Spaceflight Insider

Study suggests increased cancer risk on Mars missions

A new study suggests that the cancer risk on a Mars mission due to galactic cosmic-ray radiation could be double what existing models predict.

A new study suggests that the cancer risk on a Mars mission due to galactic cosmic-ray radiation could be double what existing models predict. Image Credit: NASA

A new study by researchers at the University of Nevada, Las Vegas (UNLV) suggests the cancer risk for astronauts on a mission to Mars could be higher than expected. The results of the study were published in the May issue of Scientific Reports and show the risk is effectively doubled compared with previous models.

The study builds off of previous research that has suggested prolonged exposure to galactic cosmic radiation can cause cancer, cataracts, circulatory diseases, acute radiation illness, and effects to the central nervous system. While protons are primarily responsible for the absorbed radiation doses in the study, significant contributions were also noted from heavier ions, low energy protons and helium particles, and neutrons.

“Exploring Mars will require missions of 900 days or longer and includes more than one year in deep space where exposures to all energies of galactic cosmic ray heavy ions are unavoidable,” Francis Cucinotta, the lead author of the study explained in a press release by UNLV. “Current levels of radiation shielding would, at best, modestly decrease the exposure risks.”

Cucinotta has a background in studying the effects of the radiation environment of space.

Current radiation risk models assume DNA mutation and damage are the primary cause of cancer, which assumes all cells are impacted by cosmic rays over a short period of time. The new study examined how cancer risk is affected by how healthy, bystander cells are impacted by cells heavily damaged by cosmic rays. The results indicated at least a two-fold increase in cancer rates compared to current risk models.

“Galactic cosmic ray exposure can devastate a cell’s nucleus and cause mutations that can result in cancers,” Cucinotta said. “We learned the damaged cells send signals to the surrounding, unaffected cells and likely modify the tissues’ microenvironments. Those signals seem to inspire the healthy cells to mutate, thereby causing additional tumors or cancers.”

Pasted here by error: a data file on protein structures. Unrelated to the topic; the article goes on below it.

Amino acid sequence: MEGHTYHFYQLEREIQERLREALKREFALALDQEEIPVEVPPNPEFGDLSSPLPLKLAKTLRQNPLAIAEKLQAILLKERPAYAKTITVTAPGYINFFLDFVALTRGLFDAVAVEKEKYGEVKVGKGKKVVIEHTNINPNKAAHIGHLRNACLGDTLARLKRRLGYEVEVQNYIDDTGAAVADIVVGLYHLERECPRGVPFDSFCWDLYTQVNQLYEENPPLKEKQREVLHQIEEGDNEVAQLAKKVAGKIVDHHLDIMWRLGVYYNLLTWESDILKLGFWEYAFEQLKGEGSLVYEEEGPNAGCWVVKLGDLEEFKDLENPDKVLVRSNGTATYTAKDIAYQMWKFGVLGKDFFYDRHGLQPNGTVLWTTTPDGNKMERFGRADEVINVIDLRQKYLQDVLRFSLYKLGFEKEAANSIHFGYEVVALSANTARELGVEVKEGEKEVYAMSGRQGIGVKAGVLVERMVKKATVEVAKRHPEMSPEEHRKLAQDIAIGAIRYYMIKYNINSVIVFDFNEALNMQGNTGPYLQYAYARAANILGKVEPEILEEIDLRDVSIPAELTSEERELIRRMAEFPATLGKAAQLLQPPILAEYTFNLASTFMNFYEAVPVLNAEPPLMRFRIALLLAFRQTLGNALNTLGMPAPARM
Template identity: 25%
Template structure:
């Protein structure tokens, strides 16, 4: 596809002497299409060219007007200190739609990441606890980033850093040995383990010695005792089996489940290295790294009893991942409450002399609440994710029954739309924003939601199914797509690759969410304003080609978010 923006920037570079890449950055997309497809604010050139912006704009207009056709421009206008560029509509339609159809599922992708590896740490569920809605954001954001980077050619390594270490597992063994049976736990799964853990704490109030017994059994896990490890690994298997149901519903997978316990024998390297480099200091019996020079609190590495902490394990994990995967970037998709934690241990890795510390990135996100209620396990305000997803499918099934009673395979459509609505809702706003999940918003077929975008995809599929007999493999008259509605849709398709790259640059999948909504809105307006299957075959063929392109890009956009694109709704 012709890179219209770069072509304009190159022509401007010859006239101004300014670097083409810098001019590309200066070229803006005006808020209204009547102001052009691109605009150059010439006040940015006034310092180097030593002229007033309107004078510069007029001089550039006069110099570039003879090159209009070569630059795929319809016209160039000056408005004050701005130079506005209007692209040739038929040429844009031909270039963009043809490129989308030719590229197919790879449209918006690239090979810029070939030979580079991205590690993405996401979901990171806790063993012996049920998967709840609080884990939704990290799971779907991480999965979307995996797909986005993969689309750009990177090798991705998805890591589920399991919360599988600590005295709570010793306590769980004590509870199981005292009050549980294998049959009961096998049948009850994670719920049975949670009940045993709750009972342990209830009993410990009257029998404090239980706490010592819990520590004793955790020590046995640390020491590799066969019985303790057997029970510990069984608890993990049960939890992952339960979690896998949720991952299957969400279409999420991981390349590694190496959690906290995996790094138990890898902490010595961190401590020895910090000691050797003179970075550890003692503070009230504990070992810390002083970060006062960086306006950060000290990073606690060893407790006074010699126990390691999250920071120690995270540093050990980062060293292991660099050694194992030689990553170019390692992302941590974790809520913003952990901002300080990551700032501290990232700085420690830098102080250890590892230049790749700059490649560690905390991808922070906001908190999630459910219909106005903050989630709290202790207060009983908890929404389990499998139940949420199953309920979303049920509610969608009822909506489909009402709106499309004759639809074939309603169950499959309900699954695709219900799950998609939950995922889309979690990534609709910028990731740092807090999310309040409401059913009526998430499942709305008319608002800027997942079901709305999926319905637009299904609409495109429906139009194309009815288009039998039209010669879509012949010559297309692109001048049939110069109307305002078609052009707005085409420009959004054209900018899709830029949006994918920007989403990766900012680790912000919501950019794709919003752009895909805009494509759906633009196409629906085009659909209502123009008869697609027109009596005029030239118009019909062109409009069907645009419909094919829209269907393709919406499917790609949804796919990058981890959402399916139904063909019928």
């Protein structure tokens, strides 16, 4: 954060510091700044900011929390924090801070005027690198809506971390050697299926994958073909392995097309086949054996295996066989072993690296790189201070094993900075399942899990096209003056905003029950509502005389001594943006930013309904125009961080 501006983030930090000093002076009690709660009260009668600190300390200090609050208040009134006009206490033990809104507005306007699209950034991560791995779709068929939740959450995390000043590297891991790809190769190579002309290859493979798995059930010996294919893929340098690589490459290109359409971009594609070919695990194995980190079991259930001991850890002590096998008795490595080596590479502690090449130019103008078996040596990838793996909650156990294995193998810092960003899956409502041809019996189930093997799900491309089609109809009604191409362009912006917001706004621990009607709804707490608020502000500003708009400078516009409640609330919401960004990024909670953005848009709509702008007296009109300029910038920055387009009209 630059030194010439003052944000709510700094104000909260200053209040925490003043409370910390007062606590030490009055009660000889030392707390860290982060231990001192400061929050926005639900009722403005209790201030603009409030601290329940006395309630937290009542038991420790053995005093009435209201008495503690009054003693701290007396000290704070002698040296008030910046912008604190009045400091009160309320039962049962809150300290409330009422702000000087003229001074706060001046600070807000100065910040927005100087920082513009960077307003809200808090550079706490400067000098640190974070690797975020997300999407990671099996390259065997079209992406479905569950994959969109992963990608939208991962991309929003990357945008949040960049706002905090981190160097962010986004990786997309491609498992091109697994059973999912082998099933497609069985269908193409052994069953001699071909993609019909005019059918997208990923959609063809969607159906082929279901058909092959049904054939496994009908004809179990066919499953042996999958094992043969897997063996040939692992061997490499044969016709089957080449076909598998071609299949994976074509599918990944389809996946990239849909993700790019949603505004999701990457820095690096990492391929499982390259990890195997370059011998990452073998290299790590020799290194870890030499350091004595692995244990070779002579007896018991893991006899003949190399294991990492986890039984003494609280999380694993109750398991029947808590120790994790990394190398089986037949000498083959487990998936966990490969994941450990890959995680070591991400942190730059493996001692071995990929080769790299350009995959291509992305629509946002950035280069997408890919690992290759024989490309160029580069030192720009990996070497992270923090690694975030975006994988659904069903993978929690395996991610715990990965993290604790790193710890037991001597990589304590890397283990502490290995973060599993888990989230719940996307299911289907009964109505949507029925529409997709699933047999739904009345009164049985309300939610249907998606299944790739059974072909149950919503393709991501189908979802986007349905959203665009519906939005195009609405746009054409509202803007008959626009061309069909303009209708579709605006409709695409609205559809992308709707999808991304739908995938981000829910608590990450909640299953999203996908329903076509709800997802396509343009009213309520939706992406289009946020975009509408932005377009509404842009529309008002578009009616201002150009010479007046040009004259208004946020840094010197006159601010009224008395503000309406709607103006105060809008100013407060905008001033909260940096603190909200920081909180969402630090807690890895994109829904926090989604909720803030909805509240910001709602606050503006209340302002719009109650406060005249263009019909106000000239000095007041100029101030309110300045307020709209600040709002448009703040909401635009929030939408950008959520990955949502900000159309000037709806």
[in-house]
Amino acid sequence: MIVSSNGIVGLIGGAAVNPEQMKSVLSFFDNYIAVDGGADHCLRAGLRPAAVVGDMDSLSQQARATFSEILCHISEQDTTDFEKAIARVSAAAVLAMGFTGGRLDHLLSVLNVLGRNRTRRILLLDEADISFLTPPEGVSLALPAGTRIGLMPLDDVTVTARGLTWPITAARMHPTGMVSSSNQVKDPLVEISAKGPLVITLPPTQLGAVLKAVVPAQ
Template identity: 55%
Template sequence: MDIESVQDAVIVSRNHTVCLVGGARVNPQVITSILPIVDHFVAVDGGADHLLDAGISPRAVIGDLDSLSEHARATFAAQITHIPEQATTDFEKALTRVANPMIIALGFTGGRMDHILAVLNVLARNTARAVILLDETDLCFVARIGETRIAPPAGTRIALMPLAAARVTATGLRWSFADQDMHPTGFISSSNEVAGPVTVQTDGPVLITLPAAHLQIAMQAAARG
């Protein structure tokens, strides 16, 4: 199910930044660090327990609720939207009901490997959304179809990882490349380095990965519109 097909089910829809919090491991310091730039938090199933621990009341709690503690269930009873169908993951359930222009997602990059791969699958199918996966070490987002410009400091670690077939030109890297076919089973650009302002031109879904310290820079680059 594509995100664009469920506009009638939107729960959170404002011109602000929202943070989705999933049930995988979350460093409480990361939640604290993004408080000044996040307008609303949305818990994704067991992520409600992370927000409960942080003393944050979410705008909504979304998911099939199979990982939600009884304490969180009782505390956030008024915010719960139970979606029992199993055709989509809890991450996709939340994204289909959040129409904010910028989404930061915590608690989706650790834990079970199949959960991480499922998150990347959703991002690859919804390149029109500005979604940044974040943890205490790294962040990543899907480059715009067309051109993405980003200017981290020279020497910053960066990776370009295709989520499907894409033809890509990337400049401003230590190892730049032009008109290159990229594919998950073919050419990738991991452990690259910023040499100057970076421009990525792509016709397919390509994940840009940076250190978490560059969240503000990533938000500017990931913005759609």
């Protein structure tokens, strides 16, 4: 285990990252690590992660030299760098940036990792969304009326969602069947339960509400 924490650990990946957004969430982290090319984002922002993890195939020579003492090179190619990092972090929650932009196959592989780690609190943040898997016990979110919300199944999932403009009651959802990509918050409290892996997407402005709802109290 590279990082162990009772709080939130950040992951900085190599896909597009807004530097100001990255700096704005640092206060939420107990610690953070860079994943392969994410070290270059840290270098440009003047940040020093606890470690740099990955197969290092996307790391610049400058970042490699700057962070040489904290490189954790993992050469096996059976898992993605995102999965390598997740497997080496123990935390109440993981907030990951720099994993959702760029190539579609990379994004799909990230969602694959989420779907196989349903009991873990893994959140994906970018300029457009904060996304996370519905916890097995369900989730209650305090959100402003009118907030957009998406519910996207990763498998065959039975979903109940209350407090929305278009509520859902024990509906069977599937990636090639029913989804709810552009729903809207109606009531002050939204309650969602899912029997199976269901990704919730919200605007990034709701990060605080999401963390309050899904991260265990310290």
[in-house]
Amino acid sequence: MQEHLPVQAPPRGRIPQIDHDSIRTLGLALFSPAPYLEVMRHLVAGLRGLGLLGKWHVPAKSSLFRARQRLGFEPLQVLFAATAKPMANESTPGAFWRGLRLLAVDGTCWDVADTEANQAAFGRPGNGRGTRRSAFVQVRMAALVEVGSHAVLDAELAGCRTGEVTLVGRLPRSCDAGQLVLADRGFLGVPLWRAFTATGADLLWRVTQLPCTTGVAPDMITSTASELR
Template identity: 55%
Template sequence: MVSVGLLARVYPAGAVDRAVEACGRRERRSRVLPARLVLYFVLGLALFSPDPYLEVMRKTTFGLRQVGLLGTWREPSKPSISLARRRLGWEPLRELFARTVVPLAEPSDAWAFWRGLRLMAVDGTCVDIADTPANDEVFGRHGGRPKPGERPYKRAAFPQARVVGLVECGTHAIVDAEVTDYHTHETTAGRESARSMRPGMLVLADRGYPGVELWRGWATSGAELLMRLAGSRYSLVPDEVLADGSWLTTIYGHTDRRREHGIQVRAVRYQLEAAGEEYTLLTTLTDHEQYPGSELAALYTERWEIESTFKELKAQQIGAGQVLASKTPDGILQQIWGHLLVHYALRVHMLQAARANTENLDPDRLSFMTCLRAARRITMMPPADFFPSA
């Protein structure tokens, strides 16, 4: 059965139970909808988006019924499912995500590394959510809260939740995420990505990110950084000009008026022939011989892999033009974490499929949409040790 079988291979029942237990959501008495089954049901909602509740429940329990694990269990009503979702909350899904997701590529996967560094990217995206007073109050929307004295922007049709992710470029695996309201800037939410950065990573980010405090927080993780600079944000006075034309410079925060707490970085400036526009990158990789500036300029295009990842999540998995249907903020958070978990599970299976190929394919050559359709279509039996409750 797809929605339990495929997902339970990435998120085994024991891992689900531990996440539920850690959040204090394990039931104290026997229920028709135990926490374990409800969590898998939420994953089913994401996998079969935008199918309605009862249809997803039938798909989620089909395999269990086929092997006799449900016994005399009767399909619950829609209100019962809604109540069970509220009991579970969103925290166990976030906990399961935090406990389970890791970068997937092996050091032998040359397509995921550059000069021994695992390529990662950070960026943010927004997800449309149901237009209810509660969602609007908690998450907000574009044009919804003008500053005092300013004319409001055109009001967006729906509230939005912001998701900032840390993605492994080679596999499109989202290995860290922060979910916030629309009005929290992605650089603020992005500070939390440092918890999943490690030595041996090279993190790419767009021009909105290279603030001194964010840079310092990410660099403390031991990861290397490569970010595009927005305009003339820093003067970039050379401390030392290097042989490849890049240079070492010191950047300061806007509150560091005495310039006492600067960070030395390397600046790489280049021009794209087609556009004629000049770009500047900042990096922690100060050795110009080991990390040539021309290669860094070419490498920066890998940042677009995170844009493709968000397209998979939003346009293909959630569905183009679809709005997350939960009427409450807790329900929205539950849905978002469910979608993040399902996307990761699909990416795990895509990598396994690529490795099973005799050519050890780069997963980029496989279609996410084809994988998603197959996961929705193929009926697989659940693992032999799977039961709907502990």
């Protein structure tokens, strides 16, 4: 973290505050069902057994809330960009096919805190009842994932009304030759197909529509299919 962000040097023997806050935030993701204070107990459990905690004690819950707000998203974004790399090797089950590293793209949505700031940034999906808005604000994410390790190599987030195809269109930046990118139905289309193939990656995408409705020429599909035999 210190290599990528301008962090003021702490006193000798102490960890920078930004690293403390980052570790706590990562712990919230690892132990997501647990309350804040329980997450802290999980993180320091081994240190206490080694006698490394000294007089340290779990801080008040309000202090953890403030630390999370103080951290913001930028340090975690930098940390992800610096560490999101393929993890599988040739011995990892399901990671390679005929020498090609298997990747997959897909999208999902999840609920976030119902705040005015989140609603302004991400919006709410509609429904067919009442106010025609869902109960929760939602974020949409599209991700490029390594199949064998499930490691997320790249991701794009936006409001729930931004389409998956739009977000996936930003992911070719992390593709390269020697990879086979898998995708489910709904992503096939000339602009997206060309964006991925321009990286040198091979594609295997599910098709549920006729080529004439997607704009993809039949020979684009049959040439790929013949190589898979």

Cucinotta said the study’s findings underline the need for more research into the effects of cosmic ray exposures under Mars mission constraints. Much of the existing body of research has focused on cosmic ray exposure on long duration missions within Earth’s geomagnetic sphere, such as extended flights on the International Space Station.

Cucinotta also said this raises a moral question of sending astronauts to Mars with such a high cancer risk.

“Waving or increasing acceptable risk levels raises serious ethical flags[] if the true nature of the risks [is] not scientifically understood,” Cucinotta said.



Paul is currently a graduate student in Space and Planetary Sciences at the University of Akransas in Fayetteville. He grew up in the Kansas City area and developed an interest in space at a young age at the start of the twin Mars Exploration Rover missions in 2003. He began his studies in aerospace engineering before switching over to geology at Wichita State University where he earned a Bachelor of Science in 2013. After working as an environmental geologist for a civil engineering firm, he began his graduate studies in 2016 and is actively working towards a PhD that will focus on the surficial processes of Mars. He also participated in a 2-week simluation at The Mars Society's Mars Desert Research Station in 2014 and remains involved in analogue mission studies today. Paul has been interested in science outreach and communication over the years which in the past included maintaining a personal blog on space exploration from high school through his undergraduate career and in recent years he has given talks at schools and other organizations over the topics of geology and space. He is excited to bring his experience as a geologist and scientist to the Spaceflight Insider team writing primarily on space science topics.

Reader Comments

Protecting astronauts from the heavy ion component of cosmic radiation and from major solar events only requires about 20 centimeters of water shielding. 30 centimeters of water shielding would expose astronauts to less than 30 Rem per year of cosmic ray exposure during solar minimum conditions. 50 Rem per year is NASA’s limit for astronauts.

The weight penalty resulting from the enhanced water shielding is something that NASA– simply has to accept– in designing its interplanetary architecture.

The obvious solution is to generate a magnetosphere on interplanetary transport spacecraft. That wouldn’t​ stop high energy cosmic rays but it would deal with the solar radiation. That should bring the risks down to similar levels as long duration LEO missions.

Rodger Raubach

The paper is essentially a computer modeled study, and is somewhat speculative, in my mind.

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